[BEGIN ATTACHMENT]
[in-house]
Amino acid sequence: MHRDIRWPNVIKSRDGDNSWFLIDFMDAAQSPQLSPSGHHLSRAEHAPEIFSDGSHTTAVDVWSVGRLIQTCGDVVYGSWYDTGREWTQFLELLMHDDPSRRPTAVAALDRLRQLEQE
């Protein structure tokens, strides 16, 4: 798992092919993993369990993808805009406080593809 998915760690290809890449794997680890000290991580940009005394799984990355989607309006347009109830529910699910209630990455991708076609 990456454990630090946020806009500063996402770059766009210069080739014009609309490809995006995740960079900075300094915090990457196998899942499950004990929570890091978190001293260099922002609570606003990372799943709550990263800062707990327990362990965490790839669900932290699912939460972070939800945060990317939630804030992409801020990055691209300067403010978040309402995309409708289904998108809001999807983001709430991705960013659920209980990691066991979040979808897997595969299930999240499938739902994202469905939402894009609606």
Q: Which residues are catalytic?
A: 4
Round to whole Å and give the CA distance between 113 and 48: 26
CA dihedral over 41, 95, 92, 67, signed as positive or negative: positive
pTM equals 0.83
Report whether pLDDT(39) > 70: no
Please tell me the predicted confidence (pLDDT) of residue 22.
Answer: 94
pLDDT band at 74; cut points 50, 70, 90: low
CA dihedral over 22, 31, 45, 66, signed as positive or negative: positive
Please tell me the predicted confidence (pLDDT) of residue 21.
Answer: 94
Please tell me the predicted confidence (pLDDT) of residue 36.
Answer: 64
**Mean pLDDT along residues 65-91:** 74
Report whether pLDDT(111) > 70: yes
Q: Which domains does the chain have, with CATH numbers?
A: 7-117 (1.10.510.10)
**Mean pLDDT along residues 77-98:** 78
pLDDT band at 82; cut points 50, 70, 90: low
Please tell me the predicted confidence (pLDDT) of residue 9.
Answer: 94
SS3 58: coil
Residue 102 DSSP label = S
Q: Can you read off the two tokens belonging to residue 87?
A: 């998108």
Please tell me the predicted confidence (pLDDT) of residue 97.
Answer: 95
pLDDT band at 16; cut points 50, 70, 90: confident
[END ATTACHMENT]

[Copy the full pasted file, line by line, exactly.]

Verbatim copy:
[in-house]
Amino acid sequence: MHRDIRWPNVIKSRDGDNSWFLIDFMDAAQSPQLSPSGHHLSRAEHAPEIFSDGSHTTAVDVWSVGRLIQTCGDVVYGSWYDTGREWTQFLELLMHDDPSRRPTAVAALDRLRQLEQE
């Protein structure tokens, strides 16, 4: 798992092919993993369990993808805009406080593809 998915760690290809890449794997680890000290991580940009005394799984990355989607309006347009109830529910699910209630990455991708076609 990456454990630090946020806009500063996402770059766009210069080739014009609309490809995006995740960079900075300094915090990457196998899942499950004990929570890091978190001293260099922002609570606003990372799943709550990263800062707990327990362990965490790839669900932290699912939460972070939800945060990317939630804030992409801020990055691209300067403010978040309402995309409708289904998108809001999807983001709430991705960013659920209980990691066991979040979808897997595969299930999240499938739902994202469905939402894009609606």
Q: Which residues are catalytic?
A: 4
Round to whole Å and give the CA distance between 113 and 48: 26
CA dihedral over 41, 95, 92, 67, signed as positive or negative: positive
pTM equals 0.83
Report whether pLDDT(39) > 70: no
Please tell me the predicted confidence (pLDDT) of residue 22.
Answer: 94
pLDDT band at 74; cut points 50, 70, 90: low
CA dihedral over 22, 31, 45, 66, signed as positive or negative: positive
Please tell me the predicted confidence (pLDDT) of residue 21.
Answer: 94
Please tell me the predicted confidence (pLDDT) of residue 36.
Answer: 64
**Mean pLDDT along residues 65-91:** 74
Report whether pLDDT(111) > 70: yes
Q: Which domains does the chain have, with CATH numbers?
A: 7-117 (1.10.510.10)
**Mean pLDDT along residues 77-98:** 78
pLDDT band at 82; cut points 50, 70, 90: low
Please tell me the predicted confidence (pLDDT) of residue 9.
Answer: 94
SS3 58: coil
Residue 102 DSSP label = S
Q: Can you read off the two tokens belonging to residue 87?
A: 């998108």
Please tell me the predicted confidence (pLDDT) of residue 97.
Answer: 95
pLDDT band at 16; cut points 50, 70, 90: confident